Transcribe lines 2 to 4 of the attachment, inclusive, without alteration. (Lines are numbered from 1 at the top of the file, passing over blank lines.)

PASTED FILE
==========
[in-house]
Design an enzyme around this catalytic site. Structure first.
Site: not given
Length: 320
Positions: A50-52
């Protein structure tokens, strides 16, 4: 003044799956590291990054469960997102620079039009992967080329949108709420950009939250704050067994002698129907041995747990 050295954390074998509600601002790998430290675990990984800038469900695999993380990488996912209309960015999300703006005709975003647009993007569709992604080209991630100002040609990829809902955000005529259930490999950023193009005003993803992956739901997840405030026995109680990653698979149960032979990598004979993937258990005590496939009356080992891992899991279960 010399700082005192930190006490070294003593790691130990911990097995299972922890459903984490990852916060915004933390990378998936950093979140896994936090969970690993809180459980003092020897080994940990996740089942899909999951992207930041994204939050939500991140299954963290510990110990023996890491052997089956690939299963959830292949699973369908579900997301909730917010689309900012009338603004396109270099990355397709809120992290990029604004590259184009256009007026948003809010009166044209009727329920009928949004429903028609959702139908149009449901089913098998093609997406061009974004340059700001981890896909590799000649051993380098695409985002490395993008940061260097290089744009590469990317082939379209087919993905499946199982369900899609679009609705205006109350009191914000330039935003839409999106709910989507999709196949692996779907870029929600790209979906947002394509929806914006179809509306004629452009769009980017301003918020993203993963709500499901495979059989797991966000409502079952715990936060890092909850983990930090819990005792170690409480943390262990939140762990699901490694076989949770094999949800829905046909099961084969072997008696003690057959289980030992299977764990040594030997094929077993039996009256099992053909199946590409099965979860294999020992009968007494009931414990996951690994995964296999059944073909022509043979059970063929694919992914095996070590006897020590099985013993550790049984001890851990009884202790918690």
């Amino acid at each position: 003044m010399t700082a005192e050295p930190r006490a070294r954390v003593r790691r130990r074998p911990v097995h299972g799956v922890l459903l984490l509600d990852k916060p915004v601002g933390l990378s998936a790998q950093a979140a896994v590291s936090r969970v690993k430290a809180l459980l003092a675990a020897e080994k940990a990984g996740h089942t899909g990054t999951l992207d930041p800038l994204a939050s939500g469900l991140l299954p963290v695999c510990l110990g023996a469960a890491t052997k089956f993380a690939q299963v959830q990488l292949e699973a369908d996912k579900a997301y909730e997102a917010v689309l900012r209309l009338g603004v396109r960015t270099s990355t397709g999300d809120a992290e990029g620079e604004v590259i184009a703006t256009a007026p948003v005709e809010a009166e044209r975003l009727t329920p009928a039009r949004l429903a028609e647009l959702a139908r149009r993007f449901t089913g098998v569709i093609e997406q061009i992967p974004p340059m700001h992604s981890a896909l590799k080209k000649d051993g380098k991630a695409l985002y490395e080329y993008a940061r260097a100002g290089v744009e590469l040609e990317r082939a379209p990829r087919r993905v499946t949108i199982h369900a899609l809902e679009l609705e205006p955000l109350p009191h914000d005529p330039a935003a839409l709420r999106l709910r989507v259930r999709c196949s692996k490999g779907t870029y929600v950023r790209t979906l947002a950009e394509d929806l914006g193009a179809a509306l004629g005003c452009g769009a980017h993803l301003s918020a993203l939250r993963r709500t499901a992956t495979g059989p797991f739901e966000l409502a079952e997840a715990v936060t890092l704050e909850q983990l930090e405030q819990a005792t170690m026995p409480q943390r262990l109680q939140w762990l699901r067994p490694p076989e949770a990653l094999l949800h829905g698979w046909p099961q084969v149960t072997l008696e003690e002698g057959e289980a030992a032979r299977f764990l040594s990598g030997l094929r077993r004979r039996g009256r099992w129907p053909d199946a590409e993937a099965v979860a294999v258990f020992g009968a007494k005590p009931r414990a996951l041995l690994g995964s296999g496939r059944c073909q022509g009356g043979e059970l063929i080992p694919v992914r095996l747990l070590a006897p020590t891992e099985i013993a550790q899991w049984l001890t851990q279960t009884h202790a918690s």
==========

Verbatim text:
Design an enzyme around this catalytic site. Structure first.
Site: not given
Length: 320